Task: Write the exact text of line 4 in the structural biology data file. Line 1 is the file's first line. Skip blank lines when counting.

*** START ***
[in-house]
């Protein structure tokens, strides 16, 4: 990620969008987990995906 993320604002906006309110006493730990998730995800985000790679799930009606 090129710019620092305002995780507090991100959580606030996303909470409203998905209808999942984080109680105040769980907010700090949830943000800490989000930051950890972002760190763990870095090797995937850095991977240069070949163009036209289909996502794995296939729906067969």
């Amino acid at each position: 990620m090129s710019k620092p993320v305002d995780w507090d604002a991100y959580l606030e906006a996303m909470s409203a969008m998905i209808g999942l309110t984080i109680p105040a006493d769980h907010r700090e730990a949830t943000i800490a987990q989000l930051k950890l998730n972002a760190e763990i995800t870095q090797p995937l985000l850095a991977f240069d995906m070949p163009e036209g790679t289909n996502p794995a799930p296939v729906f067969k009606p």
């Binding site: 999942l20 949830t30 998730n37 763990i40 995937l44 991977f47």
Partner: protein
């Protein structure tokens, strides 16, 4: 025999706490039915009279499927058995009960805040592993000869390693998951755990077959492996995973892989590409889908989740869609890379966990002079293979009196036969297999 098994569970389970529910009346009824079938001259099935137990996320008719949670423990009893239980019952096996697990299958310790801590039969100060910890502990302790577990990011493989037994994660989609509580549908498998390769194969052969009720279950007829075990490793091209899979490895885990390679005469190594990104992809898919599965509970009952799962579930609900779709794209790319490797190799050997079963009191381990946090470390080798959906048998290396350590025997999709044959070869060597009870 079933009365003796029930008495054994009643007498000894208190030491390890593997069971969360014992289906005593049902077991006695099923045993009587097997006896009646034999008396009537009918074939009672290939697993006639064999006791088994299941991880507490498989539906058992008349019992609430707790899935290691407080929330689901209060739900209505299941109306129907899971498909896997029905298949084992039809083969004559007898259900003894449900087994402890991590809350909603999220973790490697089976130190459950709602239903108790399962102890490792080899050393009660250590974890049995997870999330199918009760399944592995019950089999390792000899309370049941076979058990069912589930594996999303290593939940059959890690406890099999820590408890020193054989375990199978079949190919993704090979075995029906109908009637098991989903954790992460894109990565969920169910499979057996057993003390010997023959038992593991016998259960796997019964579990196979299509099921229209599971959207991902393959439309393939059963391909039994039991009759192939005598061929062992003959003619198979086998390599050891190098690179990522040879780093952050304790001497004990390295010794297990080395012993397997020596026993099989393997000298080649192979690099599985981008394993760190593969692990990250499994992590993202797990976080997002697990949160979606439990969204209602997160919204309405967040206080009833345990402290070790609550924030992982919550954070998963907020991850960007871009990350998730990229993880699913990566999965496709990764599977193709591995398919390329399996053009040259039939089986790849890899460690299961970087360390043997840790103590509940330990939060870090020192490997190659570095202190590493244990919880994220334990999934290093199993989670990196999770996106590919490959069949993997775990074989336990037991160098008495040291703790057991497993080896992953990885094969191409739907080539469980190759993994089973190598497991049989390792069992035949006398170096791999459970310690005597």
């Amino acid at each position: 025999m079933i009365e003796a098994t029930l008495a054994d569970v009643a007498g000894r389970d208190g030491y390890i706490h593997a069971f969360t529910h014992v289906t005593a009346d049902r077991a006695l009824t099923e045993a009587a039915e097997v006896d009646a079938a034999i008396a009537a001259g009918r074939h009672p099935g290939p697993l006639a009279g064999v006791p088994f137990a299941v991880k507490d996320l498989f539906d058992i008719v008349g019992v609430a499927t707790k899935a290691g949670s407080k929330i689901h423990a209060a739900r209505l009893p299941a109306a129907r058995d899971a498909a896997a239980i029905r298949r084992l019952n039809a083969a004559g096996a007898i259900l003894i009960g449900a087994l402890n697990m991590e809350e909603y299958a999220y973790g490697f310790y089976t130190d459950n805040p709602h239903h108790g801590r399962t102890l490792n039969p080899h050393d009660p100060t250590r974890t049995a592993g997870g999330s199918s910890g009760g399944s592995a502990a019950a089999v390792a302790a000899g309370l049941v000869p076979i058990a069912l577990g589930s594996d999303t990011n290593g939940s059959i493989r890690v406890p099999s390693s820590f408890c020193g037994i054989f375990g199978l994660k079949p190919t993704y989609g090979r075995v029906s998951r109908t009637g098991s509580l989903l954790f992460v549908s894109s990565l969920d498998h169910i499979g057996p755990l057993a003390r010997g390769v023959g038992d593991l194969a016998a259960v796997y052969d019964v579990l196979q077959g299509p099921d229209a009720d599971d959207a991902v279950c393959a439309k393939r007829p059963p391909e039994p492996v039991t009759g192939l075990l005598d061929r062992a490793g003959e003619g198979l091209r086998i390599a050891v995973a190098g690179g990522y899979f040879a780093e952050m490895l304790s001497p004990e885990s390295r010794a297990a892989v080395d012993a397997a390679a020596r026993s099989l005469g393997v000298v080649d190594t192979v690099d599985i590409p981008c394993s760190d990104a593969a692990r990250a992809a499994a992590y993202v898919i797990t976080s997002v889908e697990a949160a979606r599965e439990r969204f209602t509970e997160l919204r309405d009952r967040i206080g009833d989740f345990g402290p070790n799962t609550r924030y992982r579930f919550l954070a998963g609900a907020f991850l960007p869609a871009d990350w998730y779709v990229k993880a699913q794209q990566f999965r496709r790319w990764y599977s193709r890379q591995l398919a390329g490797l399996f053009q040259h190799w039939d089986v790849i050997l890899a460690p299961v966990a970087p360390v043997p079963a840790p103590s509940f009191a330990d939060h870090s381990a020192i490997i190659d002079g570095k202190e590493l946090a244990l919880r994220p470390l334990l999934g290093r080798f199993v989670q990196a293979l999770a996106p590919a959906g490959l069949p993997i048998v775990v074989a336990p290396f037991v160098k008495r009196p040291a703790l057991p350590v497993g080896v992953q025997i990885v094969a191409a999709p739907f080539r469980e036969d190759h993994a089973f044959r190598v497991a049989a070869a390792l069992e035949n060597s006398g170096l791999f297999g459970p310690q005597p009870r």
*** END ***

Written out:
């Binding site: 999942l20 949830t30 998730n37 763990i40 995937l44 991977f47």